If the rules are ex post facto captures that take precedence, what do they take it from?: from the process from which the game actually emerged, and continues to evolve, to the extent that circumstances arise that force modifications of the rules. The foundational rules follow and apply themselves to forces of variation that are endemic to the game and constitute the real conditions of the game's emergence. The rules formally determine the game but do not condition it. (They are its formal cause, not its efficient cause) (Parables for the Virtual, p.72).

Do not forget that this "proto-sport" continues to exist (in basketball we have called it "pickup") alongside the more formal regulated versions of the "sport" (that is, league basketball). In other words, we do not want to get caught up in a linear "stages of progress" model in which pure play becomes proto-sport, which becomes sport, which is thereafter refined by variations in the style of play that are captured or modulated by new rules. The informal pickup versions continue to exist in parallel and in fact play significant roles in creating the variation that flourishes in (and challenges the formality of) "sport" proper.

Let us not become bound up in the search for origin and instead be more cognizant of the process. For in capturing variation — the motor of sporting emergence — we are capturing the possible of the body athletic. Herein lies the micropolitical moment of sport.

Happy Mother's Day


[03/05/2009 1:58:39 PM]

sportsbabel says: please say thanks to your mom……!
sportsbabel says: you are our relation……
sportsbabel says: (smiley)

[03/05/2009 1:58:55 PM]

workers, consumers, multitude

"The multitude is a by-product of the technological mutation of the productive process just as the consumer class was a by-product of the metamorphosis of commodities from objects to signs."

– Sylvère Lotringer
foreword to Paolo Virno's A Grammar of the Multitude

Do we really want to set consumption apart from the potential emergence of the contemporary multitude as multitude and rely solely on production instead?

In sport at least, and the present project to articulate the multitude through sport, we certainly do not want to — indeed, we cannot — separate the two. If anything, we might suggest that the rise of the consumer fan-class in sport, the metamorphosis of sporting commodities (players, teams, outcomes, footwear) from objects to signs, and the creation of athletic celebrity-spectacle are responsible for technological mutations in the productive process.

Sport contributes to the function of hegemony in very diverse political economies precisely because it is such a minimally contested locus of biopolitical production. In many overdeveloped nations this is partly due to the fact that the salaries for professional sport workers at the highest level of competition vastly outpace those for other types of workers and that the attendant celebrity culture introduces a regressive binary of power between athletes and other workers that complicates any attempts at common struggle. Given that the charitable activities of professional athletes are increasingly captured by sporting capital to become media events in themselves (part of the mutation of production), the potential for a sporting multitude to emerge through worker-production is problematized further.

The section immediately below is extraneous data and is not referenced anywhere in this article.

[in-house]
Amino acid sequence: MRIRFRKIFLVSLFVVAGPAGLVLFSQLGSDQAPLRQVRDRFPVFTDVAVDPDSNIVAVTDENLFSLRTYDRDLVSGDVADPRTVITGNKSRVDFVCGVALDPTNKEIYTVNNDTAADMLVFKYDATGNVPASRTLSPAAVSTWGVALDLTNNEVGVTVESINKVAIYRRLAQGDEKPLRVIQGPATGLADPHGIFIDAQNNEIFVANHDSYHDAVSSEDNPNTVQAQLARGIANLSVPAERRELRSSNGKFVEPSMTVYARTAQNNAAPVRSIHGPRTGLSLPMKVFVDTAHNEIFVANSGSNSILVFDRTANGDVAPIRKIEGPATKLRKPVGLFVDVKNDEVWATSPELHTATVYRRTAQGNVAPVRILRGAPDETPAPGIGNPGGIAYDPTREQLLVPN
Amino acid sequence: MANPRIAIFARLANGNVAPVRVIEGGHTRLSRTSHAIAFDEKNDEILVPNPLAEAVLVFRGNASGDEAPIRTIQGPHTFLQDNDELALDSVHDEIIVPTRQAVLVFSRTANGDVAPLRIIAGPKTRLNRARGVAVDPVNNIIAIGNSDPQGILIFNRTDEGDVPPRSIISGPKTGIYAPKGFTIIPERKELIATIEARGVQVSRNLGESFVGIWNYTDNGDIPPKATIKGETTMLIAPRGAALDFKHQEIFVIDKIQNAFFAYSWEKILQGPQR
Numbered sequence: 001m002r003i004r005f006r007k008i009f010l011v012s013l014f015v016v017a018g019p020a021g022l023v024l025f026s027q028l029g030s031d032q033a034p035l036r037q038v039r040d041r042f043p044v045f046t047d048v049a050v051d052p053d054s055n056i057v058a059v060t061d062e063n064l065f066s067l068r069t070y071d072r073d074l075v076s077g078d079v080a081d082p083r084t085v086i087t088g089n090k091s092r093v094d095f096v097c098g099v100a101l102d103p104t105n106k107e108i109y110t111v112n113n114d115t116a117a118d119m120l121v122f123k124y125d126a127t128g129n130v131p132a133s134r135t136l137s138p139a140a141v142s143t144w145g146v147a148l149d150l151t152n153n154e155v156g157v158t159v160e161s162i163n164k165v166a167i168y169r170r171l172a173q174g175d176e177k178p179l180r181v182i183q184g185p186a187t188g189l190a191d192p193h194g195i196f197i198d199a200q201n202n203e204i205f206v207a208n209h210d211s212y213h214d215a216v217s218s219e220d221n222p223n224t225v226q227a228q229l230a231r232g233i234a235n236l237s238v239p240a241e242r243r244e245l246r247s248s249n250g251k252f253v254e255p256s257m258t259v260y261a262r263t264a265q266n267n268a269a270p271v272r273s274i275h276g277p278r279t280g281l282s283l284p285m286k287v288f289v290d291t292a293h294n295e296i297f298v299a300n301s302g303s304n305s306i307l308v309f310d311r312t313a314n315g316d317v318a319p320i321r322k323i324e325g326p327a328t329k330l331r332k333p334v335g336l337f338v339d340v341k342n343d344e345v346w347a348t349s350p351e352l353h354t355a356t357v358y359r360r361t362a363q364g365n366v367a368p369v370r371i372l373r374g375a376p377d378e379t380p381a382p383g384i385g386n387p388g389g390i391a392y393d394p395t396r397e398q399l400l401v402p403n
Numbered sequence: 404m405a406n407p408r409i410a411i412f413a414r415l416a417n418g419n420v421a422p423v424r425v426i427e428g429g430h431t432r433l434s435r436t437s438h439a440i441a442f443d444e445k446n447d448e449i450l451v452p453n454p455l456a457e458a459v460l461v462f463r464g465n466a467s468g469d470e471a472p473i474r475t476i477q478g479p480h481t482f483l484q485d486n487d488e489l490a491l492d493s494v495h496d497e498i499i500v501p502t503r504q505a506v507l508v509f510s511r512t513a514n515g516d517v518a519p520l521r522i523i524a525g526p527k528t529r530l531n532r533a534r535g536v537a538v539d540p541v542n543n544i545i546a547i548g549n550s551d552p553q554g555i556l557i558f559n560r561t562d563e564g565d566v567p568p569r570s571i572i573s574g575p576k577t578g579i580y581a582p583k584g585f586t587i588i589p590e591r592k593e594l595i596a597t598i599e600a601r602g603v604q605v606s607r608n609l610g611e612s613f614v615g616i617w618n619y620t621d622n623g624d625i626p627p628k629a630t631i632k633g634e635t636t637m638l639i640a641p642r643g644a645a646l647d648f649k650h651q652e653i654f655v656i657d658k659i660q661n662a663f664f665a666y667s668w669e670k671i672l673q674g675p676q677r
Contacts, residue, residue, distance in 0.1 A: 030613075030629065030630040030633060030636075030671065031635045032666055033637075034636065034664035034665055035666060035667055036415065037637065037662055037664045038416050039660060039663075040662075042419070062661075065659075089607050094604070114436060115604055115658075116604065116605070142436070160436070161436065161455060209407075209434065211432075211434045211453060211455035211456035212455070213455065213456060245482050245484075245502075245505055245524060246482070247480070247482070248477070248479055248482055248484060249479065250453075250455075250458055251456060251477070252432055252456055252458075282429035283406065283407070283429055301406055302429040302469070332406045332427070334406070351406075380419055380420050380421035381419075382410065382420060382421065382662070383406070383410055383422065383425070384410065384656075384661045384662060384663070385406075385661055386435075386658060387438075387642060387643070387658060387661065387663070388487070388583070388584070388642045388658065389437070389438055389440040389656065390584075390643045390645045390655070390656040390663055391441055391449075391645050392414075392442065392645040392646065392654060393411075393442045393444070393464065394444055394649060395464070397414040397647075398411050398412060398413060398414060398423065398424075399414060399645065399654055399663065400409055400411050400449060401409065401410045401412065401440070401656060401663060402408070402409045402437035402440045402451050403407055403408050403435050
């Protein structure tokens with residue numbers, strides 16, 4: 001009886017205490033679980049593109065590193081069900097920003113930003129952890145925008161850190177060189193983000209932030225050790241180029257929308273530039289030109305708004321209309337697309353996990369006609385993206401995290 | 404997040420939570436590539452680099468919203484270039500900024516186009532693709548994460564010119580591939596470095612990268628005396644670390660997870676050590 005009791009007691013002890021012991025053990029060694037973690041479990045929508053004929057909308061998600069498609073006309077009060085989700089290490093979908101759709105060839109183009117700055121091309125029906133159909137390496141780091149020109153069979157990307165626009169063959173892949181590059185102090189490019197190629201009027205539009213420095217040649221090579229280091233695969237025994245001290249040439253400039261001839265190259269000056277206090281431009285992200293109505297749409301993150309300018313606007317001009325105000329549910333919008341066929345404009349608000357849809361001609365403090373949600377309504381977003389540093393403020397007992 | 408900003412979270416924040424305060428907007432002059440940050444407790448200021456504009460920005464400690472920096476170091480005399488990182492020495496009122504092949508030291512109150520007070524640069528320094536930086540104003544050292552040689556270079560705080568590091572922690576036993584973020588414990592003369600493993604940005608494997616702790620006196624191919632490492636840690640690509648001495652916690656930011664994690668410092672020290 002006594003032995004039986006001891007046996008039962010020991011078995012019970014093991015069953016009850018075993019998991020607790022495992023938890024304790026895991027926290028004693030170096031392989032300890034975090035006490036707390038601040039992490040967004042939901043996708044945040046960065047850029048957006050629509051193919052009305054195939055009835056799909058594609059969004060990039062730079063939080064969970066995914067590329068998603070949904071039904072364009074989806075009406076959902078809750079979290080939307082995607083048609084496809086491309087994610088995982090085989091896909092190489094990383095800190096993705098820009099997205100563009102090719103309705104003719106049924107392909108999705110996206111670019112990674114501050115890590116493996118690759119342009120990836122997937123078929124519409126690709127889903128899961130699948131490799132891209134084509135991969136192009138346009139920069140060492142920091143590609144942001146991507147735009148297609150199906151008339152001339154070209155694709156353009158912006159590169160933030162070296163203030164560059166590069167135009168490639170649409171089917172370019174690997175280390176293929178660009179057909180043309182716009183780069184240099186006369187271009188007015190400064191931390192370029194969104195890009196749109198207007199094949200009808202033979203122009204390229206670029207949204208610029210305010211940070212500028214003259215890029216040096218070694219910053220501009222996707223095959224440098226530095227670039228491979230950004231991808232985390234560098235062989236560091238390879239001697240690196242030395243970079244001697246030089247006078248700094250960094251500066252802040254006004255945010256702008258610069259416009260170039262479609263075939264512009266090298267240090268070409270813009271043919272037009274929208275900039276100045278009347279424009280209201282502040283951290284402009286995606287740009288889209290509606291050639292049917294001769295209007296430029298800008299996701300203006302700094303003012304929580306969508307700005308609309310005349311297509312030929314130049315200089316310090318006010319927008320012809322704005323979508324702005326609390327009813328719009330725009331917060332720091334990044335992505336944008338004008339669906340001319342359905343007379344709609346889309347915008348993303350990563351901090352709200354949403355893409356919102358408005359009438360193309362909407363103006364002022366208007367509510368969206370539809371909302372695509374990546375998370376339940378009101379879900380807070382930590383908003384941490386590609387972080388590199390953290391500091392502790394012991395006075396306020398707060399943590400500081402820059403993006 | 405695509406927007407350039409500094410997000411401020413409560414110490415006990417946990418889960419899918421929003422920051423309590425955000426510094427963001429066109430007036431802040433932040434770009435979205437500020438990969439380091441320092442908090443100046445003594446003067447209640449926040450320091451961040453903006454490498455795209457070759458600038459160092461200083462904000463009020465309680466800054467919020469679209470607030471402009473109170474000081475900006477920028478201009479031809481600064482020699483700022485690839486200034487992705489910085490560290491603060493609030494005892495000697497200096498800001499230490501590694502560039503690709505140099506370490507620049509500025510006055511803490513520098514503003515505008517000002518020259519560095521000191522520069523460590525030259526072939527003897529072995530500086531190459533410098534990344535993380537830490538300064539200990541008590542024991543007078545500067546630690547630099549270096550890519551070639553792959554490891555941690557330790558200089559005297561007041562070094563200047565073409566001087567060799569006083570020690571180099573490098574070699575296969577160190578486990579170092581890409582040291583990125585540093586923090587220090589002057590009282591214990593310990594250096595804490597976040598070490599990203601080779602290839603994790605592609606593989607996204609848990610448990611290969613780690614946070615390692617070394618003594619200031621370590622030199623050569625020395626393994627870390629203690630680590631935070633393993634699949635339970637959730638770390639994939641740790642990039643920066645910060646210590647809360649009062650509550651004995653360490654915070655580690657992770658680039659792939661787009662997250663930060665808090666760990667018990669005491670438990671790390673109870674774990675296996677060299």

This is not to deny professional athletes a political consciousness, but to say that the financial risk for those worker-athletes involved to express such a politics can be an unfair obligation for one to ask of them, particularly if one has not also put millions of their own dollars on the line. In other words, it should be considered ethically acceptable for the professional worker-athlete to privilege the several over the multitude, taking care of a local body-politic (family and friends) while somewhat subordinating the broader political in the process.

Nor is it to say that professional athletes will not be part of a sporting multitude, but that in its becoming this multitude must be sufficient in intensity to offset or withstand the semiotic force of celebrity and restore a balance to communal relations between all of those in a common struggle within and without sport. It also means that liberating the class consciousness of the worker-athlete cannot alone provide the path to political action in the spaces of sporting biopolitics and beyond.

However, while work time now "virtually extends to the entire life" of the post-Fordist worker, at the same time it must be understood that play or leisure has extended fully into work life as well, with an equal yet opposite magnitude. The desk jockey brings work home every night, but plays fantasy sports at the office every day. Put another way, it is sporting consumption that primarily constitutes the diagram of biopolitical space and it is the concomitant work of consumption that fosters alienation. Thus consumption is what needs to be targeted for political action, particularly because the worker class in professional sport, at least in the top, most-mediated leagues, is too well paid to form an internal coherence — as class — between themselves and other workers.

So the focus of the multitude turns instead to the consumer-worker who has been united by a new form of alienation, born primarily as an alienation-from-body that is immersed continually in pleasure and gaming, which the sporting biopolitics at a microsocial scale and post-Fordism at a macrosocial scale have played a substantial role in forming. The consumer must refuse the sensory distortions that form the mediated version of the sporting event as embodied activity for the worker-athlete, and become the event instead. Or at the very least, the refusal must remix and repurpose the media tools and their sensory distortions in a recombinant logic towards the project of political action.

This is the paradox of the sporting multitude: it requires sport consumers to become aware of the work of their consumption by embodying the experience of instrumental sport production in the ludic arena. In other words, don't rescue the workers from production, but rather the consumers from consumption. Allow consumers to emerge as multitude through the work of their own consumption.